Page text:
I have no idea why this story about illegal fence-scaling at the Spanish border made it into All The News That Fits The Narrative.
At a Spanish Border, a Coordinated Scramble
By CARLOTTA GALL JULY 23, 2014
MELILLA, Spain — More than 1,000 African migrants rushed toward the high fences topped with razor wire. They were met by the Moroccan police, who, with the support of the Spanish military police and a Spanish helicopter, thwarted their plan to scale the fences and enter Europe through this tiny Spanish enclave that clings to northern Morocco.
Worried about a surge in migration, the European Union authorities this year granted Spain 10 million euros, about $13.5 million, to reinforce the fences at Melilla and Ceuta, another Spanish enclave. Spanish officials have now covered them with wire mesh to make them harder to scale, creating an ever more elaborate obstacle course.
They attach hooks to their wrists and screws to their shoes for a better grip. Others climb barefoot. And so the game continues.
Once at the fence — actually three fences, two 20-feet high and a middle one that is slightly lower — it is speed that counts, those who have conquered it say. Some jump from one fence to the next, but often make crashing falls. Most of those interviewed said they climbed up and down each to make it over.
That is an interesting data point to set against the classic "Why bother?" argument against tighter border security, as articulated by. e.g., Bill Richardson:
If we have a 10-foot wall, there’ll be 11-foot ladders going over that wall.
There is a bit more background here, including this:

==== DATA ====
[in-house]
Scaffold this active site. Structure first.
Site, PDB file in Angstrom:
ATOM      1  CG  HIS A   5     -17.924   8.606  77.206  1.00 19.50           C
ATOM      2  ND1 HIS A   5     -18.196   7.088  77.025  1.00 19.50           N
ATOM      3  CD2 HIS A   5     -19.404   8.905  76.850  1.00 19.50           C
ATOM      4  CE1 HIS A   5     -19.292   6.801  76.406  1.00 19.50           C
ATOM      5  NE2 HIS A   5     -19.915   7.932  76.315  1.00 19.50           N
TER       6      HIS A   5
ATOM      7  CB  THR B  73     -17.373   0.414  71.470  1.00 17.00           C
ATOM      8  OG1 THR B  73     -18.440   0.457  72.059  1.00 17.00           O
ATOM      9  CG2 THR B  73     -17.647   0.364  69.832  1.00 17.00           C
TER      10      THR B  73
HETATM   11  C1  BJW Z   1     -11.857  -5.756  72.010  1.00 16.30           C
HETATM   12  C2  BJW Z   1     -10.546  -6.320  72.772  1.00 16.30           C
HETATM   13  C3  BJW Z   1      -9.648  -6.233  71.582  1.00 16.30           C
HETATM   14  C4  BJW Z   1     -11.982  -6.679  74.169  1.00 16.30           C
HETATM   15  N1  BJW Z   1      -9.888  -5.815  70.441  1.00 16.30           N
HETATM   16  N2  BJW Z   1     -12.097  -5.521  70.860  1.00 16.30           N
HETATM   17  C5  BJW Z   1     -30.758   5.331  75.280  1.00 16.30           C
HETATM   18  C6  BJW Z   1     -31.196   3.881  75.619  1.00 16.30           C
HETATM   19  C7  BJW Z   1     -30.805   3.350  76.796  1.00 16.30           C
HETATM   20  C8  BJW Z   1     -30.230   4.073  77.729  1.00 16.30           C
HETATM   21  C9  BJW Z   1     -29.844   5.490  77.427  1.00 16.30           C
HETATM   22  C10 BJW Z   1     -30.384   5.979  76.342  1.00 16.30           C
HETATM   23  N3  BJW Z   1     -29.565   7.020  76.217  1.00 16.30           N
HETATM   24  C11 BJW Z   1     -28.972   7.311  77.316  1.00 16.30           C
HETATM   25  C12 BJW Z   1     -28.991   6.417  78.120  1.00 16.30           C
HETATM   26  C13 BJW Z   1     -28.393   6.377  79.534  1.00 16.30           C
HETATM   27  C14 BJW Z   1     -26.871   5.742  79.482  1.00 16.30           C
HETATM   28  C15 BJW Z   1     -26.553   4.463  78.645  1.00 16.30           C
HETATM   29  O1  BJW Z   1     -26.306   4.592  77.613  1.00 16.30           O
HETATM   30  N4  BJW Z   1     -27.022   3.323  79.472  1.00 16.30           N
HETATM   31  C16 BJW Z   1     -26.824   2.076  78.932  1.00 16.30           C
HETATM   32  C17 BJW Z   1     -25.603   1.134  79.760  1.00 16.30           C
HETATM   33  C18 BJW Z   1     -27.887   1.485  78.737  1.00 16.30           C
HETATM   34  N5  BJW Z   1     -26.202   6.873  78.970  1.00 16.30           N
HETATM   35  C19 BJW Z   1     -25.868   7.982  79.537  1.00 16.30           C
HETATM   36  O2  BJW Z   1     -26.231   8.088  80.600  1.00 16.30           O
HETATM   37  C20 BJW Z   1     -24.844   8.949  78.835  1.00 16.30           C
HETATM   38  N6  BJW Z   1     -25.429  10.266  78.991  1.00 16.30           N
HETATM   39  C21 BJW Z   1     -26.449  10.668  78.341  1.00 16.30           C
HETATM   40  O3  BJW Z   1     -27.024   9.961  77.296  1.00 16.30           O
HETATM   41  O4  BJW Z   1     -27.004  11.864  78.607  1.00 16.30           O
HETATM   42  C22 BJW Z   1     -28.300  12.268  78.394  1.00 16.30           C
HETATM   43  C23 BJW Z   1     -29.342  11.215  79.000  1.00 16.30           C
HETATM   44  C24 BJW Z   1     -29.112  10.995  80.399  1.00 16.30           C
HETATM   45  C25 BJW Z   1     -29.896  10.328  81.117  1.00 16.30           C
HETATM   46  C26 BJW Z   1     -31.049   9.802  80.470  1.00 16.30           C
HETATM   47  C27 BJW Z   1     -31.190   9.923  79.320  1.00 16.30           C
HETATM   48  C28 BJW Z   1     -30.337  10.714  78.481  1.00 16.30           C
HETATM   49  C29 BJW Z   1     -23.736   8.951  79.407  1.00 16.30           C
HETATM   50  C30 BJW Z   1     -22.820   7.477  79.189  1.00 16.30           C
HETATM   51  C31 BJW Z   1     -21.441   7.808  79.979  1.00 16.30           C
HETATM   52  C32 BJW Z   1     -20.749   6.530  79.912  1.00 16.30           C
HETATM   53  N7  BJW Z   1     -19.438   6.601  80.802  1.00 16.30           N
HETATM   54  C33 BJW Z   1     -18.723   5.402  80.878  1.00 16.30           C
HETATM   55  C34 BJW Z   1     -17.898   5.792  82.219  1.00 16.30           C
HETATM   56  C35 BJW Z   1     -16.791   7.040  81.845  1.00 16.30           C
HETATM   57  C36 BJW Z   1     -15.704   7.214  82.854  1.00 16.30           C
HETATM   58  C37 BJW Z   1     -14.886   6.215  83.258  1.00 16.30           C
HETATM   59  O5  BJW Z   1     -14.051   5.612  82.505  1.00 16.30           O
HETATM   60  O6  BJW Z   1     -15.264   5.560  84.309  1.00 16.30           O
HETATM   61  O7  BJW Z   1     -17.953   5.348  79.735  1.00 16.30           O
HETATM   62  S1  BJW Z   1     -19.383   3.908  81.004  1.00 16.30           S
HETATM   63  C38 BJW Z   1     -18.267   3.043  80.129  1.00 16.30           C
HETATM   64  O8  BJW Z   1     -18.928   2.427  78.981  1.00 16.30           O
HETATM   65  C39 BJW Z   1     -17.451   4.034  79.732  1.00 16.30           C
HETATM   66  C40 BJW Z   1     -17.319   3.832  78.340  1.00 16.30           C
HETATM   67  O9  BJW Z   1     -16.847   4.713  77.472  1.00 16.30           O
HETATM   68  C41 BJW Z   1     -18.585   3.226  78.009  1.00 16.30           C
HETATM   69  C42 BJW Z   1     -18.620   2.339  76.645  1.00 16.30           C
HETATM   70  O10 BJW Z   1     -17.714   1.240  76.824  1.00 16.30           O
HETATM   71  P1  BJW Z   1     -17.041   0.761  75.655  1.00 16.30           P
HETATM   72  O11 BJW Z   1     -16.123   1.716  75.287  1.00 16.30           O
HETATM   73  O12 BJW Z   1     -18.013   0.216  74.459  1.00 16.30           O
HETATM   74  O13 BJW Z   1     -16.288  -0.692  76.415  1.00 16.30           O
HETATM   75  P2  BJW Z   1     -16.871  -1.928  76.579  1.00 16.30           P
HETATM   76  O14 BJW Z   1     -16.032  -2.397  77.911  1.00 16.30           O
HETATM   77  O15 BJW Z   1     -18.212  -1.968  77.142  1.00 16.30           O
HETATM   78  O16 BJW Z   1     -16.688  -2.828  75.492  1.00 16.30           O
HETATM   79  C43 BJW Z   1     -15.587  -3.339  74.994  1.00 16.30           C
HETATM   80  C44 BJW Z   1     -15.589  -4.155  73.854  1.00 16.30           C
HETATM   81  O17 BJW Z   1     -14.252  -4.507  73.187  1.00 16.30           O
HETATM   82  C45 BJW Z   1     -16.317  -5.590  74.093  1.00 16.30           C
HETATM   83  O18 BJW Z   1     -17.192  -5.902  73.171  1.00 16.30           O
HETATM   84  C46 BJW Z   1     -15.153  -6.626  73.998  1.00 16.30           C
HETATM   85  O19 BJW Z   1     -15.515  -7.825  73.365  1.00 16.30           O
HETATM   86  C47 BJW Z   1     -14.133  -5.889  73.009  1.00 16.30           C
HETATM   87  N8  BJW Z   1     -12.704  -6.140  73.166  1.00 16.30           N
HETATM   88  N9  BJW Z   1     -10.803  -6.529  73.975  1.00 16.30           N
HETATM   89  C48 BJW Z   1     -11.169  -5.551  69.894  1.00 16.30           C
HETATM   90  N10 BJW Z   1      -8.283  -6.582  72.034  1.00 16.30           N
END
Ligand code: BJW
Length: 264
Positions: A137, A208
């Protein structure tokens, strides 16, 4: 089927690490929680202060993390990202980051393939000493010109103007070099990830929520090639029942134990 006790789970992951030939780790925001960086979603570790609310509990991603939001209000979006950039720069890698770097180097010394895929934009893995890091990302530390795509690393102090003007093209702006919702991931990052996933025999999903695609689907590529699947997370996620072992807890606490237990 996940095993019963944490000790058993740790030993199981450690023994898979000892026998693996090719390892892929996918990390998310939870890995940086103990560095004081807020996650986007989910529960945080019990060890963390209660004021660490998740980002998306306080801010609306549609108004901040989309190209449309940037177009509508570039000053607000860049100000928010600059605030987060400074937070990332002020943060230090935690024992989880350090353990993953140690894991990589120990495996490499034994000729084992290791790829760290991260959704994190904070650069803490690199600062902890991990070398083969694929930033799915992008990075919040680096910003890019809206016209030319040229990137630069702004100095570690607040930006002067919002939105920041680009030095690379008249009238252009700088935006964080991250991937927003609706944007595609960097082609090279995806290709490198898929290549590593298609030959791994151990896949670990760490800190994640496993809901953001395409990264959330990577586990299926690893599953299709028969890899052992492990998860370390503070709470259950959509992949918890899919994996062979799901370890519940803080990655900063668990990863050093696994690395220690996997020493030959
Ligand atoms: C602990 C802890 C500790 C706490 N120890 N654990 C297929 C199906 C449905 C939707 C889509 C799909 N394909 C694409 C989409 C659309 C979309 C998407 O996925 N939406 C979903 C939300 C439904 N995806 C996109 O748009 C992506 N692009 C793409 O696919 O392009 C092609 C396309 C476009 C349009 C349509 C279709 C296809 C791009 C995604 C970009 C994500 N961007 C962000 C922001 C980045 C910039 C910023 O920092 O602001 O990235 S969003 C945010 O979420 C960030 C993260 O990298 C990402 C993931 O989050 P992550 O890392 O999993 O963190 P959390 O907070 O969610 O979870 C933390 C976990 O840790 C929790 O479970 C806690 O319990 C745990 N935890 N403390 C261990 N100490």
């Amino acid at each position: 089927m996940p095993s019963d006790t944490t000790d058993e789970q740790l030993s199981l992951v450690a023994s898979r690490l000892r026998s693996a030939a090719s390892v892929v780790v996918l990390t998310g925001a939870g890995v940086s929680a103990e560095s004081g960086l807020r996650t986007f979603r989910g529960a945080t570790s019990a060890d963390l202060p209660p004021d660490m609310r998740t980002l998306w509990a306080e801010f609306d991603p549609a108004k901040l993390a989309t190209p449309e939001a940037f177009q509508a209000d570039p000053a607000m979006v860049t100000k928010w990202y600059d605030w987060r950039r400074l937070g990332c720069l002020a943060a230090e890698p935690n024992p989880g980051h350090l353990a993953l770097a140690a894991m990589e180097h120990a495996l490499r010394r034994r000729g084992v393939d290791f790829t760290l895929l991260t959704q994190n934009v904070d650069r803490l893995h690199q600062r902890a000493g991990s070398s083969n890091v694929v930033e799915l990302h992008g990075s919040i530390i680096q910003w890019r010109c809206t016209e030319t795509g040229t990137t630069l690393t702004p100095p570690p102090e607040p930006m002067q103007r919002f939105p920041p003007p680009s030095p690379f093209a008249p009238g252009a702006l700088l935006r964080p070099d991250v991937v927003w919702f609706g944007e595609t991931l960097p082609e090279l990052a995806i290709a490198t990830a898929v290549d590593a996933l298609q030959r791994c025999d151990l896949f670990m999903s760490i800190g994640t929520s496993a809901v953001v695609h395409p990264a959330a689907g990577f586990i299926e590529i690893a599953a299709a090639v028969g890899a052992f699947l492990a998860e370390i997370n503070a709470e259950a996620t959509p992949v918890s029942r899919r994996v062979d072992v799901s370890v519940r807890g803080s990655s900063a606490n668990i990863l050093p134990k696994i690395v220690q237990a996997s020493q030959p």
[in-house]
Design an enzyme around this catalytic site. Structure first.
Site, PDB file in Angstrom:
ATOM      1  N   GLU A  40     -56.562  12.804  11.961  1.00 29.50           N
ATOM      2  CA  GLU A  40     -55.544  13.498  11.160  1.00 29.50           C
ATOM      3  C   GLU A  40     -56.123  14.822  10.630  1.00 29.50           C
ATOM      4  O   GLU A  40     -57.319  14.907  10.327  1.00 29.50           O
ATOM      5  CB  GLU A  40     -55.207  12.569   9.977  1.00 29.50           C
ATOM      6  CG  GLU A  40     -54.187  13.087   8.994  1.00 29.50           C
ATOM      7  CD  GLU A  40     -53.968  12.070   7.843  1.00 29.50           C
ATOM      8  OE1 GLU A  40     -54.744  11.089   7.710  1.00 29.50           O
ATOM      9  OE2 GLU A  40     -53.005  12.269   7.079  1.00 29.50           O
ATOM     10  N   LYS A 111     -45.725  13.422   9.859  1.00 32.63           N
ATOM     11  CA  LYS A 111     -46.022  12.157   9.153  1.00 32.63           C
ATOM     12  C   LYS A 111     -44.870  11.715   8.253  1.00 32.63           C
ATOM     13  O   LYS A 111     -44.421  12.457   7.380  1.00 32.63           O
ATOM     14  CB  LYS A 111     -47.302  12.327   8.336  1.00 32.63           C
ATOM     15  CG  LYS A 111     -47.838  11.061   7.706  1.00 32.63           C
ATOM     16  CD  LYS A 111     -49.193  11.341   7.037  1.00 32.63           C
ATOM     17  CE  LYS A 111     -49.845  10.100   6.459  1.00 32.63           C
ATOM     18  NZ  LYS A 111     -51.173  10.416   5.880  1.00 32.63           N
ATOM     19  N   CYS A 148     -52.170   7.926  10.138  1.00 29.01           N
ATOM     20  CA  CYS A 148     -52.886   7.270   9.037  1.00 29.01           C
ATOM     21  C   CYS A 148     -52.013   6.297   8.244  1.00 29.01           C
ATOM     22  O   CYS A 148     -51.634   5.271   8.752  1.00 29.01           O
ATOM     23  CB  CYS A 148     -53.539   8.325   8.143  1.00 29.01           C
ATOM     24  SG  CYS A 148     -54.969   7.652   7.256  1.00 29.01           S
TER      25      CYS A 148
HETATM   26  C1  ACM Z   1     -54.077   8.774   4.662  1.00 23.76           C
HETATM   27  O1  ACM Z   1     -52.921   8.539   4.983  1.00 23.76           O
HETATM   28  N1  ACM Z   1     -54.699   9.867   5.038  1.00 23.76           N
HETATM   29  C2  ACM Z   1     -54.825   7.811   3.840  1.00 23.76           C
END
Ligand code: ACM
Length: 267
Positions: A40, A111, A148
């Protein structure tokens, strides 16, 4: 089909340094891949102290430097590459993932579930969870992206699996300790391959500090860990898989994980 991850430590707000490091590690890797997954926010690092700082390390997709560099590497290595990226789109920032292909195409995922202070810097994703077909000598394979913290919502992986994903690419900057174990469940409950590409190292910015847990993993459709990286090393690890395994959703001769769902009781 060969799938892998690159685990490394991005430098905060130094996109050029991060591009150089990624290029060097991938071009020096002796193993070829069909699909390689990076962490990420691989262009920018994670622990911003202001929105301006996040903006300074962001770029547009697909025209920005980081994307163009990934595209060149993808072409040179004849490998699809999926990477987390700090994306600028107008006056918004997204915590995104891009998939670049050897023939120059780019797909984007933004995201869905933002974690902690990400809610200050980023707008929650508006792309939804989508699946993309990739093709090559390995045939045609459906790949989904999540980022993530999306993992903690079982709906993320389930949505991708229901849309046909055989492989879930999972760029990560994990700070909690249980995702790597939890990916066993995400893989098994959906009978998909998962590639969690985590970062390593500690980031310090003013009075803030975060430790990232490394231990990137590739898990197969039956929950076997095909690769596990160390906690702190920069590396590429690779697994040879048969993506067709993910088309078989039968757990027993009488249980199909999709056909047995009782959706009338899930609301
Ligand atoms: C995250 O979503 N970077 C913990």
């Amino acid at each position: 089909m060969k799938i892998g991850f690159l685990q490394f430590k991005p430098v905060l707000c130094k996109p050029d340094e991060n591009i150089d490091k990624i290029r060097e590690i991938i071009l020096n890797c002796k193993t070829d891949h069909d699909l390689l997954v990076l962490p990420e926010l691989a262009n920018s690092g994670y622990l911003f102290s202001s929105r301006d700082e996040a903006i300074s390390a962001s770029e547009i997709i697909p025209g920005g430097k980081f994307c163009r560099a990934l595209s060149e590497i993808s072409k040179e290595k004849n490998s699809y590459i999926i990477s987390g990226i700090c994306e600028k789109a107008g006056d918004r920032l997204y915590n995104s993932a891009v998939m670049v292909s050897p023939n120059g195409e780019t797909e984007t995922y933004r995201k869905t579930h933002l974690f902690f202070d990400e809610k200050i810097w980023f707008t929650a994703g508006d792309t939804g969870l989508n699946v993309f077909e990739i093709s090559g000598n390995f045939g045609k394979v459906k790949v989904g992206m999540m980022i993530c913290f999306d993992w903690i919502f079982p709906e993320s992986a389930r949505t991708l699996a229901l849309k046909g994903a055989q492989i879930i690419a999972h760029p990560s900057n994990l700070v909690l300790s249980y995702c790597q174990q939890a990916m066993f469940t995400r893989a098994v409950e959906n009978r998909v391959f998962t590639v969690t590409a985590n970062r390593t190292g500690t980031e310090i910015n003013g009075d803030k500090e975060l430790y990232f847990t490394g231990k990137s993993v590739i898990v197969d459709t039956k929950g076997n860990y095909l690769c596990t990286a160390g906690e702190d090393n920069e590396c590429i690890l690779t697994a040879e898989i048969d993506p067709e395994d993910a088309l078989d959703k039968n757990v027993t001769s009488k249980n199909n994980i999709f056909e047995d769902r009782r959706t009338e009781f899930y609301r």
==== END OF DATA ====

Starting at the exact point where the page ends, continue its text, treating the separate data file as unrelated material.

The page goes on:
Spain has demanded more EU money to strengthen its borders as thousands of Africans try to enter Ceuta and Melilla, two fenced-off Spanish cities on Morocco's northern tip which have the European Union's only land borders with Africa.
Last year 4,235 undocumented migrants crossed into the two territories, up 49 percent from 2,841 in 2012, although the figure was 15 percent down on 2001 figures, the interior ministry said in a statement.
The flow of desperate Africans heading to Ceuta and Melilla has surged over the past year, with migrants regularly storming the six-metre-high (20-foot) border fences.
Others try to smuggle themselves past checkpoints hidden in the undercarriages of cars or sail across the strait of Gibraltar to mainland Spain in flimsy inflatable dinghies.
The government said on Tuesday however that the number of undocumented migrants reaching Spanish shores by boat eased by 15 percent overall to 3,237 in 2013.
The number was also down 90.7 percent on 2006 figures when 39,180 reached Spain by boat, the ministry added for context.
Their figures for the year read like a week at the Texas border.